After leading the Conservatives to a resounding victory, Boris Johnson brought about Brexit. But the greatest challenge for the old Etonian lies ahead: in ending the new class war.
To understand today’s populism in the UK, the US and elsewhere, we must go beyond single-factor theories—is it all about money? Is it all about race?—and put class at the centre of the analysis. The democracies of the North Atlantic are riven by a struggle involving three classes. The divide is between the mostly, but not exclusively, native white working class in inexpensive small towns in the heartlands; the college-credentialled professionals and managers who cluster in expensive hub cities; and the disproportionately-foreign-born class of urban service workers who wait upon them there.
Both the affluent professionals and the low-wage service workers in the hubs have a stake in the free flow of goods and labour. The metropolitan overclass tend to work for multinationals or provide professional services to them. Immigrants are concentrated in the major cities: they make up only 14 per cent of the population of the UK, but 36 per cent in London. By contrast, in the heartlands of the British north or US midwest, communities are more likely to be threatened by globalisation in the form of offshoring and dumped imports, like the wave of subsidised Chinese manufactured goods over the last generation. Affluent professionals in the hubs may live near low-wage immigrants, but do not compete with them for jobs and public services, unlike many members of the native working class of all races.
Rather than recognise these conflicts, and attempt to broker cross-class compromises, the elites have tried to “gaslight” the population by claiming the issues are purely imaginary. They cite simplistic economic studies claiming offshoring and immigration have no negative impacts at all—claims unlikely to convince factory workers whose jobs were transferred to China or others whose old vocations are now performed by immigrants for lower wages. Another elite technique is to change the subject to racial and gender disparities whenever class divisions within the national majority are raised.
Elites pretend class power does not exist. Power? What power? Professionals supposedly owe success to their “human capital,” not to having been born, overwhelmingly, into the educated middle class. Globalisation has not been rigged by treaties against manufacturing workers and in favour of corporates; no, we are told, it is an unstoppable, natural force, unaffected by human agency.
Class denialism, then, is the creed of the metropolitan elite. It makes negotiation with the heartland impossible. After all, negotiation is based on the assumption that both sides have legitimate—if clashing—interests. If the downsides of trade and immigration are figments of the imagination, then working-class populist voters need re-education or therapy. If they are scapegoating immigrants for their own personal failures, they are simply evil. They have no legitimate concerns worthy of acknowledgment.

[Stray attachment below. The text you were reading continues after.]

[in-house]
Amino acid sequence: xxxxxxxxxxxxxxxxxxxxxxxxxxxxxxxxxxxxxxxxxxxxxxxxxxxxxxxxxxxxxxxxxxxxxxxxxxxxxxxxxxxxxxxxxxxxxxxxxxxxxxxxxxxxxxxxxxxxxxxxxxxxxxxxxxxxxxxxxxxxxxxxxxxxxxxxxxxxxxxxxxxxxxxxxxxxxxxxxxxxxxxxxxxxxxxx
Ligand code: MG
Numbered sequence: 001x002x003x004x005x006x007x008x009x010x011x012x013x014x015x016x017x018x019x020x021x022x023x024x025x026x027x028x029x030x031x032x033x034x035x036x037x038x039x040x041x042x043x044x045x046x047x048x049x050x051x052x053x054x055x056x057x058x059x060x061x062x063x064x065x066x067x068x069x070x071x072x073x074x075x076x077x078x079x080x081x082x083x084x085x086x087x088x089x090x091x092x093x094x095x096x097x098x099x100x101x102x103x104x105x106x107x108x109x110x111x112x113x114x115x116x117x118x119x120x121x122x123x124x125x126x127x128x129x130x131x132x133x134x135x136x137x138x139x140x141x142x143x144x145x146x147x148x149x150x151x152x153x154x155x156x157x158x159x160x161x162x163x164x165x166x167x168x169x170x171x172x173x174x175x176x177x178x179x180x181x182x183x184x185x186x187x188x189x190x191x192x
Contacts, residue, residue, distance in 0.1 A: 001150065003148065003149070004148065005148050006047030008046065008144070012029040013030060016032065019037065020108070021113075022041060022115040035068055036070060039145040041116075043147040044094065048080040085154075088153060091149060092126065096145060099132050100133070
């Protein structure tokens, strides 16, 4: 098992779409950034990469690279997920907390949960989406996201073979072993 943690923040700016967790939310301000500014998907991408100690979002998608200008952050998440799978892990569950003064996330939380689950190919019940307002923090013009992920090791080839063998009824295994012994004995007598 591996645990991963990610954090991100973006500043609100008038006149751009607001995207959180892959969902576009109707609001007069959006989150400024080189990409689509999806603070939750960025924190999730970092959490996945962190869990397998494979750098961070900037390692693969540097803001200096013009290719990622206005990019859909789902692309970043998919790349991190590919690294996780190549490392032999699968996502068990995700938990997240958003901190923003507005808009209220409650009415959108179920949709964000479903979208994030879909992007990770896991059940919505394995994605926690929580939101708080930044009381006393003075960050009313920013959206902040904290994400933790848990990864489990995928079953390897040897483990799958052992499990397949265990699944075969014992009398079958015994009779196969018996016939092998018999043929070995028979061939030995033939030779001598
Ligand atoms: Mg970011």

Johnson has broken with the establishment consensus, including in his own party, by taking the concerns of working-class voters seriously. Treating them with respect—not least by honouring the majority in favour of Brexit—has produced, for now, realignment, with the Tories annexing voters in former Labour heartlands. While hubs of inner London and -Manchester, together with prosperous and traditionally Conservative university towns such as Canterbury, lapped up Jeremy Corbyn’s social liberalism and Marxist economics, former coalfields and manufacturing areas such as Bolsover, Blyth Valley and Bassetlaw turned blue for the first time in living memory. But realignment is not enough. Nor is redistribution of income, by direct or indirect methods, like infrastructure investment in depressed regions.
The source of the populist wave in the west is the imbalance of power between the working-class majority and the elite. That can be cured only by what the economist John Kenneth Galbraith called “countervailing power.” The imperfect institutions that provided the working class with countervailing power half a century ago—trade unions, in some places churches and chapels, and local political machines—have atrophied. Power has been siphoned upward to corporations, universities and political donors.
The old organisations of working-class power cannot be simply resuscitated. But functional equivalents are needed today, to turn disconnected masses across the heartland into organised communities with real leverage in politics, the economy and culture.
This is not a project that will appeal to the neoliberal wing of the British right, with which Johnson was at one time associated. Its vision of society as a post-national global market of competing individuals is shared with neoliberals of the left like Tony Blair. But in promoting the diffusion of real power, Johnson’s Conservatives can now draw on older, richer and more pluralist Tory traditions, as well as present-day British schools of thought including post-liberalism, Red Toryism and Blue Labourism. What is more, for conservatives on both sides of the Atlantic, increasing the leverage of ordinary people who pool power should appeal as an alternative to an overbearing, centralised state.
Britain inaugurated the modern age of populist revolt with the Brexit vote. Whether Britain can also lead the west in bringing the age of disruptive populism to an end, with the help of power-sharing in a new cross-class compromise, remains to be seen.